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Woman facing jail after financing huge cannabis operation in rented Solihull farmhouse

Editorial Correspondent 17th Jan, 2019 Updated: 17th Jan, 2019

A WOMAN is facing jail after financing a large-scale cannabis operation in a rented pound six-bedroom farmhouse on the outskirts of Solihull.

And a judge at Warwick Crown Court has warned Lisa Scotney and two men involved with the cannabis farm that they are all facing ‘substantial’ prison sentenced ‘measured in years.’

Scotney (54) of Broadway North, Walsall; Shaun Wilkinson (49) of City Heights, Snow Hill, Birmingham; and Edward Ambrozewicz (55) of Roebuck Glade, Willenhall, Wolverhampton, had all pleaded guilty to conspiring to produce cannabis.

Prosecutor Tariq Shakoor said Scotney financed the cannabis operation and played a significant part in organising it, while Ambrozewicz had expertise in cultivating cannabis.

Wilkinson entered his plea on the basis that he took no part in actually growing the plants – but Mr Shakoor said there was evidence that as well as taking out the lease on the farm, he had been involved in looking after the crop.

The court heard that Heathfield Farm in Hockley Heath, near Solihull, was a six-bedroom house which had 11 acres of grounds and facilities including an indoor swimming pool and a gym, and was accessed through electronic gates.

It had been put up for sale in 2016, but in the meantime was being rented out by Select Lettings who were contacted in July that years by Wilkinson who expressed an interest in renting it.

Two viewings were arranged, and on the second occasion he was accompanied by a woman who Mr Shakoor suggested matched the description of Scotney, who asked for the price to be dropped.

A rent of £3,750 a month was agreed, with a deposit of £4,250 being paid.

“From that date, or very soon after, the production of cannabis was taking place. Texts showed it was already being grown in October 2016.”

All three defendants, as well as a fourth person who was not charged, were at the farmhouse when the police raided the premises in March 2017.

They had used a drone to record Ambrozewicz going from his van to the front of another vehicle where he had spoken to Scotney before going into the garage with a large container.

When the police then forced entry through the gates, they found Ambrozewicz still in the garage and Scotney and Wilkinson in the house.

In various parts of the property they found a large number of cannabis plants in different stages of cultivation.

In the garage there were growing tents containing 40 plants which were about ten weeks from being ready to harvest, 21 root balls from a previous crop, as well as heating and lighting equipment and bags of fertiliser.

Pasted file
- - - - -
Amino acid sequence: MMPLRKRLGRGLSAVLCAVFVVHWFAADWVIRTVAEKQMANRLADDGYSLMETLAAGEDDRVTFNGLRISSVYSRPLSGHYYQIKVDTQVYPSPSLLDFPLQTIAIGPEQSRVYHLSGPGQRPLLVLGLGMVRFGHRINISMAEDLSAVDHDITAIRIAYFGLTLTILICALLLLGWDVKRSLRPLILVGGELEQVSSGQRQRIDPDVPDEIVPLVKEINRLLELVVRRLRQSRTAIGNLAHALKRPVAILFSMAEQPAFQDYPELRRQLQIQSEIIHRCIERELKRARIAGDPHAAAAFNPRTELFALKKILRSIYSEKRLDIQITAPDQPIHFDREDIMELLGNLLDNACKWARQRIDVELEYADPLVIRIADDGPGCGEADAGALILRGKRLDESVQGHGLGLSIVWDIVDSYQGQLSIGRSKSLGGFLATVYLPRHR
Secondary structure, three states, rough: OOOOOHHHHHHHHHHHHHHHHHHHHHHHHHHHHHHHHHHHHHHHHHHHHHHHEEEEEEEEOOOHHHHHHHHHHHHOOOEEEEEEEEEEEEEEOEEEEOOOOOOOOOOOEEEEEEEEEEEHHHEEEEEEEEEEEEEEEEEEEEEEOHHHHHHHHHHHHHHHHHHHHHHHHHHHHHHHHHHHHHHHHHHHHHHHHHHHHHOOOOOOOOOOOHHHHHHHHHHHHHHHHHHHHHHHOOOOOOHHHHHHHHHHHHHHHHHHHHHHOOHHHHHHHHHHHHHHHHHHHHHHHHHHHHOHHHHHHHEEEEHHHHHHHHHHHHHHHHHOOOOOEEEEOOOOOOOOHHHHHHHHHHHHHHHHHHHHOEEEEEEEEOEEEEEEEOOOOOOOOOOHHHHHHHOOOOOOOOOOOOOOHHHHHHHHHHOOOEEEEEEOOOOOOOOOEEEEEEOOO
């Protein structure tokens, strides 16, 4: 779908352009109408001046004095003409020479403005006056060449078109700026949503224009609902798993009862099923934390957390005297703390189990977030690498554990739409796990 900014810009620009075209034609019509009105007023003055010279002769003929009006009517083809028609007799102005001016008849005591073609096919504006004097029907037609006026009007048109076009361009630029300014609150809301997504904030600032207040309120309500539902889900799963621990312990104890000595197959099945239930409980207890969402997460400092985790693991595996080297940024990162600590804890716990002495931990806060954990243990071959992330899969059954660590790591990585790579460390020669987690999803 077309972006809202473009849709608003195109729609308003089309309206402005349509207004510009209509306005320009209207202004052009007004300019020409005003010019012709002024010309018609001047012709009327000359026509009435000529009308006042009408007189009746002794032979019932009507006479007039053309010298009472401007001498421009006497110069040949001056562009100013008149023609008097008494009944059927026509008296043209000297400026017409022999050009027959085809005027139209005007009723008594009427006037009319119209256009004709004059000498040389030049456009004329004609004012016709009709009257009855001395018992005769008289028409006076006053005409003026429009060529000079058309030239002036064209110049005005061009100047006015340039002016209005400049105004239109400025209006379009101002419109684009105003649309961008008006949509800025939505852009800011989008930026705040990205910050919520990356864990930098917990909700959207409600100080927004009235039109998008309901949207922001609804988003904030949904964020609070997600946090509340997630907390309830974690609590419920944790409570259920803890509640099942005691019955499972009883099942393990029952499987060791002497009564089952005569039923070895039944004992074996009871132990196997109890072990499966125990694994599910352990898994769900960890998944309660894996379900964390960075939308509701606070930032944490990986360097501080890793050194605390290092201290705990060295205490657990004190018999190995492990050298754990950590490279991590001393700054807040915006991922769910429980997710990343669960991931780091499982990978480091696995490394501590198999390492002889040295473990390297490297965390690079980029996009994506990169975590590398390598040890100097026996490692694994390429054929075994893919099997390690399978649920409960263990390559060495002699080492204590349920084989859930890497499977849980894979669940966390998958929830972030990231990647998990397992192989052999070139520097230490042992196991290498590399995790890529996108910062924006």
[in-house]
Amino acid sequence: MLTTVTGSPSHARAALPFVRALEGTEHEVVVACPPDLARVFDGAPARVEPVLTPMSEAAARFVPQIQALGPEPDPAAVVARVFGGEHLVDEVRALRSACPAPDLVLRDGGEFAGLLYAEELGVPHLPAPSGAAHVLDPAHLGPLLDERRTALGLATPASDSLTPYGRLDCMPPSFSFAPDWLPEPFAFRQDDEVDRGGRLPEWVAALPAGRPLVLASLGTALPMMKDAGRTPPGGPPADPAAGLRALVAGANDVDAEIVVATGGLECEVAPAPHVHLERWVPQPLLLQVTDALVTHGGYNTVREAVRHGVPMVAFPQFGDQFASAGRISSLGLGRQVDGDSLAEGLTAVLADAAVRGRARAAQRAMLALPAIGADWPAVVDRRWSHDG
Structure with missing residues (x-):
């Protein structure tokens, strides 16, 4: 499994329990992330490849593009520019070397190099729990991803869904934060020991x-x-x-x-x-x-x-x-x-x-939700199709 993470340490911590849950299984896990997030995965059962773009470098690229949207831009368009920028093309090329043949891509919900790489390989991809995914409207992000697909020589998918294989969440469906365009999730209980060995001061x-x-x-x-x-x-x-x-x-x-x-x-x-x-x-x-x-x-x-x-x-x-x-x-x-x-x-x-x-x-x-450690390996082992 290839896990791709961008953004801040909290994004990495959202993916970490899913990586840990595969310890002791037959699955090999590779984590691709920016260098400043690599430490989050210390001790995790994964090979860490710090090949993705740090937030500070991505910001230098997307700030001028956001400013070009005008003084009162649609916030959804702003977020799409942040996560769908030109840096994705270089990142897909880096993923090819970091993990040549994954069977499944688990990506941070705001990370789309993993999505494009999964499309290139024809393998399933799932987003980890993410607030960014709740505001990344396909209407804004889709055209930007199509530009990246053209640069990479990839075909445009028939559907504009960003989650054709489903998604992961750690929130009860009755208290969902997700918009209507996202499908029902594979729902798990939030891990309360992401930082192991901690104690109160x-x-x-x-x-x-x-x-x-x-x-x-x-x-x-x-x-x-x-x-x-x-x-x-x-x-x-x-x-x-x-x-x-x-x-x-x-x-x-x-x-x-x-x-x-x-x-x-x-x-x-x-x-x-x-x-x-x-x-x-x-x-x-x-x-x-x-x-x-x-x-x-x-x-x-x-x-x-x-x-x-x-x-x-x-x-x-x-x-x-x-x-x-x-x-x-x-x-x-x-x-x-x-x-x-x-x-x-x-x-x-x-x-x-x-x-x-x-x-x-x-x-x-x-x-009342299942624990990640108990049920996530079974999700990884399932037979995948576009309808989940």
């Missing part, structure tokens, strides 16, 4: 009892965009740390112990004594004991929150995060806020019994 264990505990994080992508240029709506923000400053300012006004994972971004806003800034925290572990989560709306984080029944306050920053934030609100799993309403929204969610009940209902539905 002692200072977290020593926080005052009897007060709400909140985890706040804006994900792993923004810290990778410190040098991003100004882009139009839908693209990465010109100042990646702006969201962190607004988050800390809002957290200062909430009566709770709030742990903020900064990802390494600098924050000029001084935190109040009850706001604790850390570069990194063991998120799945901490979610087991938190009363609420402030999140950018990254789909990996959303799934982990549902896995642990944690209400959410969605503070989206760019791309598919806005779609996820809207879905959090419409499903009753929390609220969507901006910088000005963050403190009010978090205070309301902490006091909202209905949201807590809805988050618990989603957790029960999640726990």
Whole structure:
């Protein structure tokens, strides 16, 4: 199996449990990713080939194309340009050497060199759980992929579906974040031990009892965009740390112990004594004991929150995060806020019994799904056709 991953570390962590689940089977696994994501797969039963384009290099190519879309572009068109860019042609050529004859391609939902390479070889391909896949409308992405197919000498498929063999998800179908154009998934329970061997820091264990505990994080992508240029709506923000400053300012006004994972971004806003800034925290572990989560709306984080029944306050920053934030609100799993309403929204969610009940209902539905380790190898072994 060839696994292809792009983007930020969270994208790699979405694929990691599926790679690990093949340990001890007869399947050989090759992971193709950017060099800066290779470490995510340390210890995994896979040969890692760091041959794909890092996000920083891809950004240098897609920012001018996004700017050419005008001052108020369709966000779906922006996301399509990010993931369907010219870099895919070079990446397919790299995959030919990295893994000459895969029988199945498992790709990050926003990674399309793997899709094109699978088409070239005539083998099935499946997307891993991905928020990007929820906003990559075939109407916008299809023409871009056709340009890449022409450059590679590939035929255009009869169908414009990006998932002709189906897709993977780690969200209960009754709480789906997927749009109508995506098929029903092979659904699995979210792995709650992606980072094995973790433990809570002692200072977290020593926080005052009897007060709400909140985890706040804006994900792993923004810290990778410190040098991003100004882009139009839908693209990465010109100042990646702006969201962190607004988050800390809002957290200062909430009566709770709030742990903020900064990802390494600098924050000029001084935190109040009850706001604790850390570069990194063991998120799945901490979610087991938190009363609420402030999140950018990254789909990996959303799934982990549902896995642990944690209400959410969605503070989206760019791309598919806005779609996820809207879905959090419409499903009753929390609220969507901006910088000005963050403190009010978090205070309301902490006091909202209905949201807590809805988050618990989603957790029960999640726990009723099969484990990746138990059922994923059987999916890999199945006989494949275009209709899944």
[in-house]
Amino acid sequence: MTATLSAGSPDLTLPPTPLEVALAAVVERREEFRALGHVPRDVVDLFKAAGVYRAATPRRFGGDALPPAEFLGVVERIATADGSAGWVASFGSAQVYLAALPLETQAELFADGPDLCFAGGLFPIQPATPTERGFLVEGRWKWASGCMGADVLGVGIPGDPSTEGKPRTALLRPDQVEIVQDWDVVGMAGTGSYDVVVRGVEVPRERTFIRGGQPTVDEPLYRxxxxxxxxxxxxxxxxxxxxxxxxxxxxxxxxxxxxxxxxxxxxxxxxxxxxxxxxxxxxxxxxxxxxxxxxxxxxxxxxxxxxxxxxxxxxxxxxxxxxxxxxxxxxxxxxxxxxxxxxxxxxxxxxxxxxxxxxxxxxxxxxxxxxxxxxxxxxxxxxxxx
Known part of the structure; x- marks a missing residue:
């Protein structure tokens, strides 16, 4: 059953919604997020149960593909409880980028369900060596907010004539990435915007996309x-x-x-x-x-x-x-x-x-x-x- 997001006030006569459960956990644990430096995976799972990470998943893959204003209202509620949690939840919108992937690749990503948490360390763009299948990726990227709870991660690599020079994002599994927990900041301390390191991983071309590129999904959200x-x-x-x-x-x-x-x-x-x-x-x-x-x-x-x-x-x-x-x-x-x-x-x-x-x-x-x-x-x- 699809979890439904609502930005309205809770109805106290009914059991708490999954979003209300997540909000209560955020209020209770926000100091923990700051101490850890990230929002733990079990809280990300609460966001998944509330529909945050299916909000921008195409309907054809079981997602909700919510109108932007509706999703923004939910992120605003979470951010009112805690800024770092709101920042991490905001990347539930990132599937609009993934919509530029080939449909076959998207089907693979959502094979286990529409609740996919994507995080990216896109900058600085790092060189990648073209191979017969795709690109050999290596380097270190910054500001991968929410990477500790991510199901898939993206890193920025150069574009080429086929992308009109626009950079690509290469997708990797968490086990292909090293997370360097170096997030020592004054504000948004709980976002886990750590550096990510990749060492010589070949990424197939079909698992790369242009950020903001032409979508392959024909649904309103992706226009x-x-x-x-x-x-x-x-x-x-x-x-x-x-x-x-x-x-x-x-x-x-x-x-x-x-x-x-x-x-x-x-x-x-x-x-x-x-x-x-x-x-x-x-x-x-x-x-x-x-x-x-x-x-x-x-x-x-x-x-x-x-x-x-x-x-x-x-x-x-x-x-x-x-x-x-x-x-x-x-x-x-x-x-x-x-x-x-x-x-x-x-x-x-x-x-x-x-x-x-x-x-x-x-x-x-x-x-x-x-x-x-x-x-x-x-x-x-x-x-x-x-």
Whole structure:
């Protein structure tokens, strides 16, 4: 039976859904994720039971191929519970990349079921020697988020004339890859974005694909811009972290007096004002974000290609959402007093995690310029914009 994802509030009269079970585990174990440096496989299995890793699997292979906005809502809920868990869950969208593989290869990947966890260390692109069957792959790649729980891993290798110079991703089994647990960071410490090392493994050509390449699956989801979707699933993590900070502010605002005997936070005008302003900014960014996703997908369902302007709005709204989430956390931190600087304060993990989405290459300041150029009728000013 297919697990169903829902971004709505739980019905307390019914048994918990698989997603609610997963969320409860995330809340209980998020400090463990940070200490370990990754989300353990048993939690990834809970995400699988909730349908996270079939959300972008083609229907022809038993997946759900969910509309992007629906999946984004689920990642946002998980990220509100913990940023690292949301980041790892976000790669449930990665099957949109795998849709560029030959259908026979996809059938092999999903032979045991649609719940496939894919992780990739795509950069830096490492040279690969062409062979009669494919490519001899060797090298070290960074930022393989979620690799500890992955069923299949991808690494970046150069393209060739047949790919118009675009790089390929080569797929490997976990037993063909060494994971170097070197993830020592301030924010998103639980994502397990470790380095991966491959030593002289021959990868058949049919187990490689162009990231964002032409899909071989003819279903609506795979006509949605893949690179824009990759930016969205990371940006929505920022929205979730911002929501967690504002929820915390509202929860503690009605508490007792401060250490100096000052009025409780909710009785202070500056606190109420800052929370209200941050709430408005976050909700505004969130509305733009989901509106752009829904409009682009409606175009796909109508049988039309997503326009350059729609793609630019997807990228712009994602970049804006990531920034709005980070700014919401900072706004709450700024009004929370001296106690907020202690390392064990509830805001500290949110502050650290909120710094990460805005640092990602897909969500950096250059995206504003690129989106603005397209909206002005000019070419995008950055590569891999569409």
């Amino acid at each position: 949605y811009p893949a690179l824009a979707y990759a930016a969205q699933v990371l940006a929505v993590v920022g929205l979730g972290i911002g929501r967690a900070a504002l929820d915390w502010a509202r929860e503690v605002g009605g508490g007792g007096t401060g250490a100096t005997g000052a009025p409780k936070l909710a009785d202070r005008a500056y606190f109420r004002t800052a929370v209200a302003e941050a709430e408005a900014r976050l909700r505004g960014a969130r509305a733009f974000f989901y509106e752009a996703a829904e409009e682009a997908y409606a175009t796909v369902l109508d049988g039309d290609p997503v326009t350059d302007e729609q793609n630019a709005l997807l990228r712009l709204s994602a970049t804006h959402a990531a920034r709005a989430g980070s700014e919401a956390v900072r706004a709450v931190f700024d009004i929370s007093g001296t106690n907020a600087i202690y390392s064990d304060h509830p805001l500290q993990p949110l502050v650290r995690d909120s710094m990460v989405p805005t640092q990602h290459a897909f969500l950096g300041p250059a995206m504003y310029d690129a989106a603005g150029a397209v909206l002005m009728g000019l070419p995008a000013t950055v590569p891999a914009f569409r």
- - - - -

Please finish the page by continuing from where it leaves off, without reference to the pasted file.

In the gym were 11 plants which were just six weeks away from harvest, while a bedroom in the annexe housed seven large plants and 26 small plants in propagators.

A first floor kitchen had five plants, a quantity of cannabis waste from previous harvests, and a shredding machine.

Bedroom five had a tent with five plants in it, while an upstairs sitting room contained a further 13 plants, and a bathroom was being used for storing the growing chemicals.

“This was a set-up in different parts of the property, but each one was properly set up. It was not chaotic,” observed Mr Shakoor.

He said that based on commercial supply in one-ounce deals, that the cannabis found which was ready for sale and the plants approaching harvest would have been worth around £33,000 with further crops on the way.

“Shaun Wilkinson was living there. It seems Lisa Scotney was spending quite a bit of time there, and Ambrozewicz, someone who is experienced in growing cannabis, was visiting regularly.”

At Scotney’s home the police found a detailed list of items needed to set up a cannabis grow, and ‘significant sums of money’ were passing from her account.

Wilkinson had received £73,135 from her which, although not necessarily all relating to drugs, included £3,750 a month for the rent which he then paid to the rental agency, while Ambrozewicz had received £16,911 from her.

Judge Sylvia de Bertodano asked whose idea it was to set up the cannabis farm, observing that according to the basis of plea submitted by each of them ‘no-one had the idea.’

And she rejected a suggestion that it had been rented for a legitimate use as an Airbnb property because ‘the whole place must have reeked of cannabis.’

The judge said she would deal with Ambrozewicz ‘as the expert these two brought in to help them.’

Nick Devine, for Scotney, said: “She is a financier. There’s no dispute she puts the money up for this enterprise.”

Wilkinson’s barrister said: “He says he was given instructions from Lisa Scotney, and that this was something that was going to be set up whether he liked it or not. He was taking part reluctantly.

“He says it was going to be set up as an Airbnb, but he was then told that because he owed her money, the only way to pay it back was to set up a cannabis farm.”

Adjourning the case, Judge de Bertodano said: “I want the prosecution to set out everyone’s role, and the defence for each defendant to respond in full to every point.”

Granting bail until the next hearing on a date to be fixed, she warned: “These three defendants are looking at substantial custodial sentences measured in years.”

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